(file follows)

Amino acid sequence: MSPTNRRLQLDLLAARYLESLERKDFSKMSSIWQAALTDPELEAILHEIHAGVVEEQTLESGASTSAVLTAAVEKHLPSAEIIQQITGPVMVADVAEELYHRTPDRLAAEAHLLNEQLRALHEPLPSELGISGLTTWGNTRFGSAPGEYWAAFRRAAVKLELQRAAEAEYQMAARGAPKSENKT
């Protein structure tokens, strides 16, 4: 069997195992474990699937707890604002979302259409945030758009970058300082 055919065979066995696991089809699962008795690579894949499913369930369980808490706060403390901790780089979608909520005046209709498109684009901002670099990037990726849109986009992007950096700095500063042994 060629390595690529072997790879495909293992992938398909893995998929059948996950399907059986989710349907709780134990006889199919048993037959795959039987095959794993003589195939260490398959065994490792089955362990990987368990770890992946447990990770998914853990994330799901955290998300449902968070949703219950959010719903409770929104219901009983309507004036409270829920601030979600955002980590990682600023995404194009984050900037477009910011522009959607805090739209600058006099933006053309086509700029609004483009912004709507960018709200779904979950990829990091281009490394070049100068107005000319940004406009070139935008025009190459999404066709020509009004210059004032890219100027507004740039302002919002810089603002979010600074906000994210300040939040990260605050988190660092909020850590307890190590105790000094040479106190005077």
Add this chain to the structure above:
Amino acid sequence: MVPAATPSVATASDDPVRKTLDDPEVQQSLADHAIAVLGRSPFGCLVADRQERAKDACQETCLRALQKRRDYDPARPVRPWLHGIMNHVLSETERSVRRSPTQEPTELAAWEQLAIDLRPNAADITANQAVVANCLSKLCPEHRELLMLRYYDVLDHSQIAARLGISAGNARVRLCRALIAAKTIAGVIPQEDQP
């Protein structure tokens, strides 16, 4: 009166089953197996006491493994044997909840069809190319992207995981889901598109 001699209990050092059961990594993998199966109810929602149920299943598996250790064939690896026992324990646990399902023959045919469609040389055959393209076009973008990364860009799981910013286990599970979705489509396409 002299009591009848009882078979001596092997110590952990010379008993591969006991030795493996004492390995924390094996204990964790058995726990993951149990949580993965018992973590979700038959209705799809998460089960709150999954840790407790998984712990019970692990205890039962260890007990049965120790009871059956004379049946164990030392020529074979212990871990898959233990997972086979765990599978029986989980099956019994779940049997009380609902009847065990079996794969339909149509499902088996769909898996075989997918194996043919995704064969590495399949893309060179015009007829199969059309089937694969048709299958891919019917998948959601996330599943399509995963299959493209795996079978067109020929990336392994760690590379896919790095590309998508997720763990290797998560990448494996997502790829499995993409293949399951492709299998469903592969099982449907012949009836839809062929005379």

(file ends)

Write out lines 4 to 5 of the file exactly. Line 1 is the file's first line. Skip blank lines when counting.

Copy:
Amino acid sequence: MVPAATPSVATASDDPVRKTLDDPEVQQSLADHAIAVLGRSPFGCLVADRQERAKDACQETCLRALQKRRDYDPARPVRPWLHGIMNHVLSETERSVRRSPTQEPTELAAWEQLAIDLRPNAADITANQAVVANCLSKLCPEHRELLMLRYYDVLDHSQIAARLGISAGNARVRLCRALIAAKTIAGVIPQEDQP
């Protein structure tokens, strides 16, 4: 009166089953197996006491493994044997909840069809190319992207995981889901598109 001699209990050092059961990594993998199966109810929602149920299943598996250790064939690896026992324990646990399902023959045919469609040389055959393209076009973008990364860009799981910013286990599970979705489509396409 002299009591009848009882078979001596092997110590952990010379008993591969006991030795493996004492390995924390094996204990964790058995726990993951149990949580993965018992973590979700038959209705799809998460089960709150999954840790407790998984712990019970692990205890039962260890007990049965120790009871059956004379049946164990030392020529074979212990871990898959233990997972086979765990599978029986989980099956019994779940049997009380609902009847065990079996794969339909149509499902088996769909898996075989997918194996043919995704064969590495399949893309060179015009007829199969059309089937694969048709299958891919019917998948959601996330599943399509995963299959493209795996079978067109020929990336392994760690590379896919790095590309998508997720763990290797998560990448494996997502790829499995993409293949399951492709299998469903592969099982449907012949009836839809062929005379």